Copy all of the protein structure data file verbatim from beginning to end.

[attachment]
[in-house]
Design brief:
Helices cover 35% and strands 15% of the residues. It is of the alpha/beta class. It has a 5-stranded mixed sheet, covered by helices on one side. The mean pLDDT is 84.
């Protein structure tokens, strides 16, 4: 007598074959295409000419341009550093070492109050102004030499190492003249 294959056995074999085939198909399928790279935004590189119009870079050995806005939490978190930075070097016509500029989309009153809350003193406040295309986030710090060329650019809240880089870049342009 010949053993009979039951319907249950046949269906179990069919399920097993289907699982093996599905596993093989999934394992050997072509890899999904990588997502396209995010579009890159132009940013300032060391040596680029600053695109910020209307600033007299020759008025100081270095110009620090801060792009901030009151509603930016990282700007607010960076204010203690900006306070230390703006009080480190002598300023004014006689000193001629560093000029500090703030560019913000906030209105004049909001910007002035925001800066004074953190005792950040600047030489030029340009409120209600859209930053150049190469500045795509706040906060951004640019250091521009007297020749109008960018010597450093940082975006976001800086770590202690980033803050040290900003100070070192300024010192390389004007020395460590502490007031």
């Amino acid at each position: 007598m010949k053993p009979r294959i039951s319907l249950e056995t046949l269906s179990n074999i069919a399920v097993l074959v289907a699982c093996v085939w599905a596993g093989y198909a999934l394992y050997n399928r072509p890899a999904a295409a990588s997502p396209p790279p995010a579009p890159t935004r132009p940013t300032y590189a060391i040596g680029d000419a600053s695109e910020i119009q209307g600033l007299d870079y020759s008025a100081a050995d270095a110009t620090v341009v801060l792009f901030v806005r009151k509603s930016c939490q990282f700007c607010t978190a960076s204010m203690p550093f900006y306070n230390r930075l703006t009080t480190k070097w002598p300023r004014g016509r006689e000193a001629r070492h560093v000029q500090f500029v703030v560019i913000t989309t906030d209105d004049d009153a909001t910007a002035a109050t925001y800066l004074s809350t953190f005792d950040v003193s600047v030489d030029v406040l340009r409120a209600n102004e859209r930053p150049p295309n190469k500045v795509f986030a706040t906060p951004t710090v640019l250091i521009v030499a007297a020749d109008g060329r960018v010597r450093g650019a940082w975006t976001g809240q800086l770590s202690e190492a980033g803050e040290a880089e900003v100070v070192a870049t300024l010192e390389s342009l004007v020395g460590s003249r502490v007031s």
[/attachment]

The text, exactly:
[in-house]
Design brief:
Helices cover 35% and strands 15% of the residues. It is of the alpha/beta class. It has a 5-stranded mixed sheet, covered by helices on one side. The mean pLDDT is 84.
């Protein structure tokens, strides 16, 4: 007598074959295409000419341009550093070492109050102004030499190492003249 294959056995074999085939198909399928790279935004590189119009870079050995806005939490978190930075070097016509500029989309009153809350003193406040295309986030710090060329650019809240880089870049342009 010949053993009979039951319907249950046949269906179990069919399920097993289907699982093996599905596993093989999934394992050997072509890899999904990588997502396209995010579009890159132009940013300032060391040596680029600053695109910020209307600033007299020759008025100081270095110009620090801060792009901030009151509603930016990282700007607010960076204010203690900006306070230390703006009080480190002598300023004014006689000193001629560093000029500090703030560019913000906030209105004049909001910007002035925001800066004074953190005792950040600047030489030029340009409120209600859209930053150049190469500045795509706040906060951004640019250091521009007297020749109008960018010597450093940082975006976001800086770590202690980033803050040290900003100070070192300024010192390389004007020395460590502490007031």
């Amino acid at each position: 007598m010949k053993p009979r294959i039951s319907l249950e056995t046949l269906s179990n074999i069919a399920v097993l074959v289907a699982c093996v085939w599905a596993g093989y198909a999934l394992y050997n399928r072509p890899a999904a295409a990588s997502p396209p790279p995010a579009p890159t935004r132009p940013t300032y590189a060391i040596g680029d000419a600053s695109e910020i119009q209307g600033l007299d870079y020759s008025a100081a050995d270095a110009t620090v341009v801060l792009f901030v806005r009151k509603s930016c939490q990282f700007c607010t978190a960076s204010m203690p550093f900006y306070n230390r930075l703006t009080t480190k070097w002598p300023r004014g016509r006689e000193a001629r070492h560093v000029q500090f500029v703030v560019i913000t989309t906030d209105d004049d009153a909001t910007a002035a109050t925001y800066l004074s809350t953190f005792d950040v003193s600047v030489d030029v406040l340009r409120a209600n102004e859209r930053p150049p295309n190469k500045v795509f986030a706040t906060p951004t710090v640019l250091i521009v030499a007297a020749d109008g060329r960018v010597r450093g650019a940082w975006t976001g809240q800086l770590s202690e190492a980033g803050e040290a880089e900003v100070v070192a870049t300024l010192e390389s342009l004007v020395g460590s003249r502490v007031s």